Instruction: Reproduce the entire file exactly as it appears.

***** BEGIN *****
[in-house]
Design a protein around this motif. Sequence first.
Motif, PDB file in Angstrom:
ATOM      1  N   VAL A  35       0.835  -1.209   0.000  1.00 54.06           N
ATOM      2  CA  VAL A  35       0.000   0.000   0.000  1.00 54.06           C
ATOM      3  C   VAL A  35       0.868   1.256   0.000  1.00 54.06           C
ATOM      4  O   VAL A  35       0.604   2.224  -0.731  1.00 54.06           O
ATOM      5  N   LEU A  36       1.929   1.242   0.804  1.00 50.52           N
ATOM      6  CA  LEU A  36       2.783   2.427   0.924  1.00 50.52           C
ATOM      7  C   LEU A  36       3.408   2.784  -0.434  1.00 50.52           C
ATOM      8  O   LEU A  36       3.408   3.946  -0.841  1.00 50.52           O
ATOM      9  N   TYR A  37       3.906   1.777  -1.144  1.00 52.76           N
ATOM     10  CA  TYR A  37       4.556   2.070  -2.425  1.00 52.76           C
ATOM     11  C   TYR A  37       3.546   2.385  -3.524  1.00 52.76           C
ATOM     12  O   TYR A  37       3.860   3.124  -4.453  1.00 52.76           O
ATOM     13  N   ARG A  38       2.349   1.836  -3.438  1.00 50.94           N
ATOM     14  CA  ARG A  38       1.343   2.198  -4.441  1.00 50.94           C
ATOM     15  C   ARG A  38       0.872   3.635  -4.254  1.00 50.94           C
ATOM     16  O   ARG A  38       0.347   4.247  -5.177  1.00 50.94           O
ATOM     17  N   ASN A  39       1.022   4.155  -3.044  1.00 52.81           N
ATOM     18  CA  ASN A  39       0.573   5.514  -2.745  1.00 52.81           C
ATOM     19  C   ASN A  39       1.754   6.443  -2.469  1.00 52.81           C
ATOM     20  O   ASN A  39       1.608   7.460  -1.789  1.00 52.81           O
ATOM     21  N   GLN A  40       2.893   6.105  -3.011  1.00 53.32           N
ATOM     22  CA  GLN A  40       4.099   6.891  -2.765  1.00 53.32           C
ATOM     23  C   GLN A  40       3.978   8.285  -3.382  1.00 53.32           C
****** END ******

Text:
[in-house]
Design a protein around this motif. Sequence first.
Motif, PDB file in Angstrom:
ATOM      1  N   VAL A  35       0.835  -1.209   0.000  1.00 54.06           N
ATOM      2  CA  VAL A  35       0.000   0.000   0.000  1.00 54.06           C
ATOM      3  C   VAL A  35       0.868   1.256   0.000  1.00 54.06           C
ATOM      4  O   VAL A  35       0.604   2.224  -0.731  1.00 54.06           O
ATOM      5  N   LEU A  36       1.929   1.242   0.804  1.00 50.52           N
ATOM      6  CA  LEU A  36       2.783   2.427   0.924  1.00 50.52           C
ATOM      7  C   LEU A  36       3.408   2.784  -0.434  1.00 50.52           C
ATOM      8  O   LEU A  36       3.408   3.946  -0.841  1.00 50.52           O
ATOM      9  N   TYR A  37       3.906   1.777  -1.144  1.00 52.76           N
ATOM     10  CA  TYR A  37       4.556   2.070  -2.425  1.00 52.76           C
ATOM     11  C   TYR A  37       3.546   2.385  -3.524  1.00 52.76           C
ATOM     12  O   TYR A  37       3.860   3.124  -4.453  1.00 52.76           O
ATOM     13  N   ARG A  38       2.349   1.836  -3.438  1.00 50.94           N
ATOM     14  CA  ARG A  38       1.343   2.198  -4.441  1.00 50.94           C
ATOM     15  C   ARG A  38       0.872   3.635  -4.254  1.00 50.94           C
ATOM     16  O   ARG A  38       0.347   4.247  -5.177  1.00 50.94           O
ATOM     17  N   ASN A  39       1.022   4.155  -3.044  1.00 52.81           N
ATOM     18  CA  ASN A  39       0.573   5.514  -2.745  1.00 52.81           C
ATOM     19  C   ASN A  39       1.754   6.443  -2.469  1.00 52.81           C
ATOM     20  O   ASN A  39       1.608   7.460  -1.789  1.00 52.81           O
ATOM     21  N   GLN A  40       2.893   6.105  -3.011  1.00 53.32           N
ATOM     22  CA  GLN A  40       4.099   6.891  -2.765  1.00 53.32           C
ATOM     23  C   GLN A  40       3.978   8.285  -3.382  1.00 53.32           C